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Secret caring newbie :) - Carers UK Forum

Secret caring newbie :)

Tell us a bit about yourself here.
Hi everyone.

I've been caring for years, first for my husband and now for my new partner (marital separation - long story)

Pure coincidence that I've ended up caring in a relationship again. It's difficult living with someone who needs so much care sometimes. I found this site and I'm hoping to get some emotional support, advice, etc. It can be very lonely at times.

I haven't told my partner I'm on this site - or that I've even looked for it. I am an open person but I know he would feel guilty if he knew I needed some feedback from other carers. He doesn't need that on top of everything else right now.
*Vicky*
Hi Vicki

Hope we can provide you with a place to vent. I care for my son, who has first episode psychosis. Would you mind sharing your husbands condition? It sometimes helps when you need specific advice and support xx
Hi Vicki hope you are OK today
Welcome to the forum hope you is all good
My wife has chronic arthritis but I'd rather be in a relationship than stay single. I told my wife I was on this website so I wouldn't feel guilty of being here. Perhaps you should tell your husband. I've tried reaching out to close friends with my problems but seriously I think they're out of their depth with them.
My husband and new partner both suffer from
Peripheral and autonomic neuropathy. Strange coincidence that they both have the same issues.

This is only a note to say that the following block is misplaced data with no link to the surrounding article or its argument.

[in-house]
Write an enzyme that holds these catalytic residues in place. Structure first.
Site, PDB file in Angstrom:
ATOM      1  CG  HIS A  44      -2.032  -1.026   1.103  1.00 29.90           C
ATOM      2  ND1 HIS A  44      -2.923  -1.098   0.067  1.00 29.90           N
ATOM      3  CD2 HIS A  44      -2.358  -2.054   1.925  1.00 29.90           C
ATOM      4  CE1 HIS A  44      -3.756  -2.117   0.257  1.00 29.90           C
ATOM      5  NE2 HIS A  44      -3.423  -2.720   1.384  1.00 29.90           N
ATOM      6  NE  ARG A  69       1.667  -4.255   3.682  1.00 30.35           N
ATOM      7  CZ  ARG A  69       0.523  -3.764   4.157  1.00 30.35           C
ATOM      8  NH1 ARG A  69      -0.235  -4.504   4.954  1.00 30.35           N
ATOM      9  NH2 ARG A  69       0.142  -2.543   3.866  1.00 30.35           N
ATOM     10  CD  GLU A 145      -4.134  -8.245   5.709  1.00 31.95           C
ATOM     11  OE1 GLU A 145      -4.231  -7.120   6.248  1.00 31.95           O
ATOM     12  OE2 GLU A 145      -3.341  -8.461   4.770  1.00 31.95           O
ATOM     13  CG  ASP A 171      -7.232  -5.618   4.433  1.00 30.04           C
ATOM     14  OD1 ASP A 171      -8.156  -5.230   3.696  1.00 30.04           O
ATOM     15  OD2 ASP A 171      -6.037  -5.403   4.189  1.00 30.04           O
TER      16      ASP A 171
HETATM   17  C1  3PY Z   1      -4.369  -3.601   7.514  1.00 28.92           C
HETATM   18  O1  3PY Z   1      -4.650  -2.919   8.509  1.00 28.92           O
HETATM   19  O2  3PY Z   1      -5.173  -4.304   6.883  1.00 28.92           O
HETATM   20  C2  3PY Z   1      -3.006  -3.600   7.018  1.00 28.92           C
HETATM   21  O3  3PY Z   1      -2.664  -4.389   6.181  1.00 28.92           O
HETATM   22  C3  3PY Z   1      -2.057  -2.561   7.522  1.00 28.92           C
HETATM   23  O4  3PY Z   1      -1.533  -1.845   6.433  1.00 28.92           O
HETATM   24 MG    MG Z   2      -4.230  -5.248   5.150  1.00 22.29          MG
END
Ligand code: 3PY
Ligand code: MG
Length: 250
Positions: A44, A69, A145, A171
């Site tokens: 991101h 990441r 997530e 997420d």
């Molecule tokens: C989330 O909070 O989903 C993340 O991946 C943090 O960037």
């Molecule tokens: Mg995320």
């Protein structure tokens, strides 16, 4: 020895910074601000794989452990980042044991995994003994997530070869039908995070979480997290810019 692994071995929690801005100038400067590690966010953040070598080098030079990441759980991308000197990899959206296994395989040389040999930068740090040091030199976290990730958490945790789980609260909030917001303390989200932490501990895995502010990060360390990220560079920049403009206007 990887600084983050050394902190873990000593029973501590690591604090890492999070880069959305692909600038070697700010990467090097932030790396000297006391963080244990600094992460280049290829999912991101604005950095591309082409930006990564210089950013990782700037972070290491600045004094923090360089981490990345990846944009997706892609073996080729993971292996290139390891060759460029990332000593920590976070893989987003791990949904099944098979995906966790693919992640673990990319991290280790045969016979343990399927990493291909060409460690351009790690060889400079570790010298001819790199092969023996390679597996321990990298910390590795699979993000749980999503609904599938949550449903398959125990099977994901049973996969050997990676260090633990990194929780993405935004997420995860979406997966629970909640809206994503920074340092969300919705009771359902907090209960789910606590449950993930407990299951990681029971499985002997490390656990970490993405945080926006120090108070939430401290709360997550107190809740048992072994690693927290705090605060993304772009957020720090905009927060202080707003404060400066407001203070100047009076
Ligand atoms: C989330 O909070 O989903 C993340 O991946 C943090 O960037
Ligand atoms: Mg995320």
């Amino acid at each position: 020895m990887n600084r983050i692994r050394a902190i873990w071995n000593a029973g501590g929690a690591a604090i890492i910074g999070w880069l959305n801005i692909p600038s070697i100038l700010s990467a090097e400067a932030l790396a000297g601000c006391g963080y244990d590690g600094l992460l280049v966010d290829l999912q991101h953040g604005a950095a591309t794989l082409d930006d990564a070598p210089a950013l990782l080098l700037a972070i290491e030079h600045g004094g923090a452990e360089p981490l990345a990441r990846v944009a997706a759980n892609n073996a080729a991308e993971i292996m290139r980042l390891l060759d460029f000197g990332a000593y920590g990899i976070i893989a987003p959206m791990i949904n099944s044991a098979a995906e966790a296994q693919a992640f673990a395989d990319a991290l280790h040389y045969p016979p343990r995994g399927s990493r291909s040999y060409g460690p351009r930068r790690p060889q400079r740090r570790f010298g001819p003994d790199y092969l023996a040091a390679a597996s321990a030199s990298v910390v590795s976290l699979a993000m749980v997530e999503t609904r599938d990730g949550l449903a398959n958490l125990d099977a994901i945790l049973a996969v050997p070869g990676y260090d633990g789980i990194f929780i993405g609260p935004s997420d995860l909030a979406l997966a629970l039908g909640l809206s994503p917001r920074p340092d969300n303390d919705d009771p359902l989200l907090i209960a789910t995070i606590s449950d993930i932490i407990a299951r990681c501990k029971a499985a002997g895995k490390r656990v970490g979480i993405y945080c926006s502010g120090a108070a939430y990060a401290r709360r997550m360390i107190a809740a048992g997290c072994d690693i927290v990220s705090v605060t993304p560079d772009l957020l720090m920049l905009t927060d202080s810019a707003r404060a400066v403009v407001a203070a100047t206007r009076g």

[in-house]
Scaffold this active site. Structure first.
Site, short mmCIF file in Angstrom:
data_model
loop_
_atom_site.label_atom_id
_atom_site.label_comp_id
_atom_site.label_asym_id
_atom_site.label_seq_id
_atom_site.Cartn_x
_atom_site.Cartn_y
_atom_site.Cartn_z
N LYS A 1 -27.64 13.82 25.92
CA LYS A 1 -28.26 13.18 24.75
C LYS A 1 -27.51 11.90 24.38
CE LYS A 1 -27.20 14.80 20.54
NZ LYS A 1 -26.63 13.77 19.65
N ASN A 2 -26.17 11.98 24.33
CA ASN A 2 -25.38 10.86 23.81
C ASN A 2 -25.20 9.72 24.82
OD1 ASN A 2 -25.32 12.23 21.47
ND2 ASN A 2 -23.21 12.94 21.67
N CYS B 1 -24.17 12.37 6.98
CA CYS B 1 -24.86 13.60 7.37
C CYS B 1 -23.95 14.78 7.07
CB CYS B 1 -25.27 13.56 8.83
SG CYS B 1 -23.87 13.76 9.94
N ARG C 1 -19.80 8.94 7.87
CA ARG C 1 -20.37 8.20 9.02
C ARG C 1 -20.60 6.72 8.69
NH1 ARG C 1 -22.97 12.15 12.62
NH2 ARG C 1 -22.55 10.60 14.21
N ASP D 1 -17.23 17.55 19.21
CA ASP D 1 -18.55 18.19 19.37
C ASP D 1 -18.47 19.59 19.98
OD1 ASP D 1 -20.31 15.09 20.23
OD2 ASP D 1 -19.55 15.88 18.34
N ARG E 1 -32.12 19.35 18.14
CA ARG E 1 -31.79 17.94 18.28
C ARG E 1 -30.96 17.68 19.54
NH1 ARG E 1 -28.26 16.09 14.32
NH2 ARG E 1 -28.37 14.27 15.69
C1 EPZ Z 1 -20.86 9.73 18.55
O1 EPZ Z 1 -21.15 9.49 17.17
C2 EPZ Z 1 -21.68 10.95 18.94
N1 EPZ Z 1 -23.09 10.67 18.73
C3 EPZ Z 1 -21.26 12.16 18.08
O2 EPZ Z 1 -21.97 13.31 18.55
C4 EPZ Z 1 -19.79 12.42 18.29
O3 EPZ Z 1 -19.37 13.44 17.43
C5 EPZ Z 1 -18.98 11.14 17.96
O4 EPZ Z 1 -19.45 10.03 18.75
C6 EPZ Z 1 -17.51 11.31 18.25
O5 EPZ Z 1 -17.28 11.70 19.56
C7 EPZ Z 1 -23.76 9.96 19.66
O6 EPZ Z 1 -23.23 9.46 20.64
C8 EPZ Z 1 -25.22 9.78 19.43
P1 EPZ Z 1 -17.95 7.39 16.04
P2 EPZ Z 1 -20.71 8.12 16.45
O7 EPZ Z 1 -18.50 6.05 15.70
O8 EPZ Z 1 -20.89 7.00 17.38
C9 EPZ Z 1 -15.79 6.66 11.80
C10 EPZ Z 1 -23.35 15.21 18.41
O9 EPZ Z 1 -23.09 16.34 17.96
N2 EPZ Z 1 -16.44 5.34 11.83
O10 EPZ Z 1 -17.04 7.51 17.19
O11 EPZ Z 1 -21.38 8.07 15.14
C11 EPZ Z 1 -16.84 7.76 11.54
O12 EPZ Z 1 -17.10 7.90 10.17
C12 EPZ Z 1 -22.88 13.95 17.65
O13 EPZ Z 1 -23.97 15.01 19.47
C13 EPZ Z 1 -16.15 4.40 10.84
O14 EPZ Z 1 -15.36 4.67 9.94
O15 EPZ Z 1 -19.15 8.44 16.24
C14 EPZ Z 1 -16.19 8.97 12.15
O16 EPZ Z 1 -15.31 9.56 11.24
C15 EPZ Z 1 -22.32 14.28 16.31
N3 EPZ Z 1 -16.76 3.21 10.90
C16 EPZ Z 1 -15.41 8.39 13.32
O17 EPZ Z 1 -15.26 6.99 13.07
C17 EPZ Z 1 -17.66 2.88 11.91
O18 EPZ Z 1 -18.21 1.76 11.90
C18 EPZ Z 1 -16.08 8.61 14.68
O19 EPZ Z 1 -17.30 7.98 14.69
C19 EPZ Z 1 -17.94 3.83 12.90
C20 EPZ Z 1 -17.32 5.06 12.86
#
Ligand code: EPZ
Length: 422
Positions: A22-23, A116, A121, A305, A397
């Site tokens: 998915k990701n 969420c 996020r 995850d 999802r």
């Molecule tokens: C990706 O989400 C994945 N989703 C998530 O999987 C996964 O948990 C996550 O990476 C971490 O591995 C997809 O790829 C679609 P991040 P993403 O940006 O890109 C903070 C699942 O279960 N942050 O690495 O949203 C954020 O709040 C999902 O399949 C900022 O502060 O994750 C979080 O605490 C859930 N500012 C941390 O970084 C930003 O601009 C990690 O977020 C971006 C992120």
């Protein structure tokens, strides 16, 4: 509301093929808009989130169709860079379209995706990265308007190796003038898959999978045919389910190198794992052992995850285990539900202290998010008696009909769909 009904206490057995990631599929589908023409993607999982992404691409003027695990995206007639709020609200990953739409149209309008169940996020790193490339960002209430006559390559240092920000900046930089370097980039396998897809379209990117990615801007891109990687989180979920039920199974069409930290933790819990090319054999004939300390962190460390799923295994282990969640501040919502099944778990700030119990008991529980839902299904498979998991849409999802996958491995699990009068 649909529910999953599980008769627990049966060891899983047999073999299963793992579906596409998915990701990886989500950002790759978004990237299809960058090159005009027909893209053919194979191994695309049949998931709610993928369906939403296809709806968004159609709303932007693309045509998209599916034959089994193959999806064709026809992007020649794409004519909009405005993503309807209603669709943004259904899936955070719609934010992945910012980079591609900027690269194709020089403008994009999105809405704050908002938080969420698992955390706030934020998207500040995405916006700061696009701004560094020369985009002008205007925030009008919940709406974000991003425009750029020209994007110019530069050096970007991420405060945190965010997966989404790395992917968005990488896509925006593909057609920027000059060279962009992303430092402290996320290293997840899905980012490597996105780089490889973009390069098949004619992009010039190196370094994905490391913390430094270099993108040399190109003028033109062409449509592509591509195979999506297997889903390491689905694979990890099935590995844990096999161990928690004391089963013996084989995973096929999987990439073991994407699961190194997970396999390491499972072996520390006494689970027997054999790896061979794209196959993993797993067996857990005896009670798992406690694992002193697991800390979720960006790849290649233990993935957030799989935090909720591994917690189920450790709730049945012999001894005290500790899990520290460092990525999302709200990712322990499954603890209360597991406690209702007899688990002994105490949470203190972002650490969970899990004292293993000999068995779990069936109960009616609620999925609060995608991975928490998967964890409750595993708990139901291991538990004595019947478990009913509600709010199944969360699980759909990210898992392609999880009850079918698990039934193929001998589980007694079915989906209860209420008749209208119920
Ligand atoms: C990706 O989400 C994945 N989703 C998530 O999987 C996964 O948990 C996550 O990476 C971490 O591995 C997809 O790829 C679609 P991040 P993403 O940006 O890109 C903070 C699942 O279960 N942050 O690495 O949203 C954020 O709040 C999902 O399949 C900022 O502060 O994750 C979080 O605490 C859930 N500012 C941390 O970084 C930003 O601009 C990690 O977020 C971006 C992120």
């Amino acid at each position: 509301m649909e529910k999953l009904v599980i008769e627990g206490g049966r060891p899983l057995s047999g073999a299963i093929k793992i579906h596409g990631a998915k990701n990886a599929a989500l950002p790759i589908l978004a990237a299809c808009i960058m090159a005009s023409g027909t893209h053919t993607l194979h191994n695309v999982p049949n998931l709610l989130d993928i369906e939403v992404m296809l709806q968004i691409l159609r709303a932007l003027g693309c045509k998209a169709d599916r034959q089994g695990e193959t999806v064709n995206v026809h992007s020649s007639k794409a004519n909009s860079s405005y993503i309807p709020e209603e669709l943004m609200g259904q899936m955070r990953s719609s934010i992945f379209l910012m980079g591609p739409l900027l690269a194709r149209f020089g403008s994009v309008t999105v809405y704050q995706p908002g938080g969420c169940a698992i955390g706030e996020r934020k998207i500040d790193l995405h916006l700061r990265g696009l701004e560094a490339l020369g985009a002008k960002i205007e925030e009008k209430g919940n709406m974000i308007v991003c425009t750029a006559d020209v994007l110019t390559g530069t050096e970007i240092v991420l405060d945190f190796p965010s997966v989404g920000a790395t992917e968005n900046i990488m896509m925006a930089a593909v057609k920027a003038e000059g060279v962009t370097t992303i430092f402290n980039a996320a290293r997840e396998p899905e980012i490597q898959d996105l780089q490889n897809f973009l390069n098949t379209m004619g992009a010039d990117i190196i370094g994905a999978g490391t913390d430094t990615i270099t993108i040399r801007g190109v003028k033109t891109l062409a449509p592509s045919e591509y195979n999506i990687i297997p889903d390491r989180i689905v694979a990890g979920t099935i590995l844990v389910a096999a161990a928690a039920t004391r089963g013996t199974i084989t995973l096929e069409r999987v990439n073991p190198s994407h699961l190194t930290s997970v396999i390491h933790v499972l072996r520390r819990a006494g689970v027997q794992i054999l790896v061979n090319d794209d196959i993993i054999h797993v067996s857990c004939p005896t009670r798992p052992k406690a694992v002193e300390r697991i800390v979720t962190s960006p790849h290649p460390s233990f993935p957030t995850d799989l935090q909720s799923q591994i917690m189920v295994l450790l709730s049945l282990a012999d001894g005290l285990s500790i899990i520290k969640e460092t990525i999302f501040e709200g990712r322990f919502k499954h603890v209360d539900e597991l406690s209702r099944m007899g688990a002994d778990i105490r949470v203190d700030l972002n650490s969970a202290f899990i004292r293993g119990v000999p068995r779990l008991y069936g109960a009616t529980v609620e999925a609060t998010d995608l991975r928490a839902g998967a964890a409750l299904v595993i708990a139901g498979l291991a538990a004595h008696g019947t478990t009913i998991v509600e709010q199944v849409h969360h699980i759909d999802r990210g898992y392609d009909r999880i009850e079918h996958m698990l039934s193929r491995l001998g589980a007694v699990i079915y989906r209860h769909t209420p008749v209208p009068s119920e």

I live with my new partner with my 3 plus his 1 children. So it's a hectic household of 6.

Partner is an above knee amputee. So requires a lot of everyday support. Problems relating to his diabetes are constantly getting worse over time and it's frustrating that he does so little to help himself. I'm run down and exhausted doing everything I do for the family and I feel incredibly guilty about being so down with it all.
Carebear, are you getting any help at all?
Hi, and welcome to an excellent site. There's lots of practical advice from those here with long experience of 'the authorities' (NHS, SS etc etc !) to guide you through what you are or are not able to claim/do, etc etc etc.

Definitely, definitely get all the help you can!!

I am concerned, however, that you feel your partner would be upset in some way to know that you are communicating on this site.....you say it's not what he needs right now.....

But why, I wonder? Isn't it good that you have somewhere to ask stuff about what help is available (and it can be a minefield, as those here who've navigated it can testify!) (eg, applying for gateway benefits that then entitle you/your partner to more help elsewhere etc etc). Or are you worried that he will worry that you are worried about having to care for him? Are you worried that he will worry that you 'obviously' (!) must think him a 'burden' if you are 'moaning' (!!!!) on a forum with other carers??